Total mortality is a much more important end point than mortality from coronary heart disease, but long-term follow-up is absolutely essential in determining whether a therapy is useful. Perhaps the new agent simply postpones mortality by a few days or weeks. The secondary attack rate of a disease is the ratio of the number of cases of a specified disease among persons exposed to index cases divided by the total number so exposed.
According to the data, cases of pertussis occurred among fully immunized children who were exposed to a sibling who had the disease. Jekel, , p The relative risk is the ratio of the incidence rates of two groups who differ by some factor—in this instance, immunization status: In decision analysis, utilities refer to the relative values placed on various outcomes that could be experienced by the patients, not the physicians.
For example, perfect health might be assigned a utility of , and death assigned one of 0. What, then, would the utility be for life with moderate back pain? With careful questioning, one finds that most patients place a higher value on life with disability than would be anticipated.
Different techniques can be used to have persons quantify utilities for a given outcome. All the choices listed are methods to control for confounding. Matching and restriction excluding smokers among cases and controls can be achieved in the initial phase of designing the case-control study and before collecting information. Randomization is used for experimental studies. Once the data is collected, control for confounding can be performed in the analysis by stratification or multivariate analysis if there is a need to control for mutiple variables.
We would then stratify the data by smoking status and calculate the odds ratio OR for each stratum smokers and nonsmokers as demonstrated in the following: In this situation, the adjusted OR would also be different than the crude OR. The answers are d, c, e. The percentage of cases of German measles that were asymptomatic, or subclinical, is calculated by dividing the number of asymptomatic persons by the total number of infected persons.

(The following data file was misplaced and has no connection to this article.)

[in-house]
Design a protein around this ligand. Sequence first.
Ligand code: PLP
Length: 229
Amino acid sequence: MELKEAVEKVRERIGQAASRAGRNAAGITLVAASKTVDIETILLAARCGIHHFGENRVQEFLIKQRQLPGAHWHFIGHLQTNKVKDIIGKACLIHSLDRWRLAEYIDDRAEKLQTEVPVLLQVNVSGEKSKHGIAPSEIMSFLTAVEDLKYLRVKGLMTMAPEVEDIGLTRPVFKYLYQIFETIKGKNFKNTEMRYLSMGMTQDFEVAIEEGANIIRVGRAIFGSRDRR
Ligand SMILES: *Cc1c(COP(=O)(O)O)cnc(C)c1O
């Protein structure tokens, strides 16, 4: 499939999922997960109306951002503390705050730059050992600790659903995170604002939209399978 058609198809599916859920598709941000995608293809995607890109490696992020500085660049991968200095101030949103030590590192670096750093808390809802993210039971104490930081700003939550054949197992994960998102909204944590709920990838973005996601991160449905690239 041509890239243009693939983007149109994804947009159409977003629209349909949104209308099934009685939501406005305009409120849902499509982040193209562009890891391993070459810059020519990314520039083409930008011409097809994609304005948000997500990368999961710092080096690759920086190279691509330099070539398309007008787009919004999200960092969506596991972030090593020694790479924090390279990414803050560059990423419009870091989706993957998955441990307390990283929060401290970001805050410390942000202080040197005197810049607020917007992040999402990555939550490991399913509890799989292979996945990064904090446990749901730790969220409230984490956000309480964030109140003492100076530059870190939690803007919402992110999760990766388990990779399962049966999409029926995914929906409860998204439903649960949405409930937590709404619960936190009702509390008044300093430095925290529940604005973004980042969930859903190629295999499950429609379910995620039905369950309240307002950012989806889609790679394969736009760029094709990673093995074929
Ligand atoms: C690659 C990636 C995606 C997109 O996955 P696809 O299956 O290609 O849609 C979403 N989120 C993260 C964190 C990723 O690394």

The information was stratified by age to determine if rates were similar.
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The low attack rate in persons 60 and over suggests that this age group had developed immunity to German measles as a result of prior exposure at least 60 years before since there was uniform susceptibility in persons under The answers are a, d, d. There is a trade-off between sensitivity and specificity of a test because there is overlapping of the normal population and the population with disease for most screening tests.
There will be some persons without cancer who will test positive false-positives and some persons with cancer will test negative false-negatives. The trade-off is that it will be less specific: Therefore, some confirmation of the test by another more specific method will be necessary before we can draw any conclusion. Pagano, pp 15— Line graphs are useful for presenting continuous data over time within different populations. In fact, in most cases, the horizontal axis scale in line graphs represents time in year, months, and so forth.
Frequency polygons are used to illustrate frequency distributions for discrete or continuous data. More than one set of data can be superimposed for comparison. The horizontal axis often represents measure of the variable of interest e. Histograms can also be used for this purpose, one set of data at a time.
The horizontal axis should represent the true limits of intervals between data points upper and lower limit and the vertical axis should begin at zero. A bar chart is used to depict the frequency distribution of nominal or ordinal data. Only one set of data is represented for each chart. Pie charts can be used to illustrate relative frequencies of categorical data.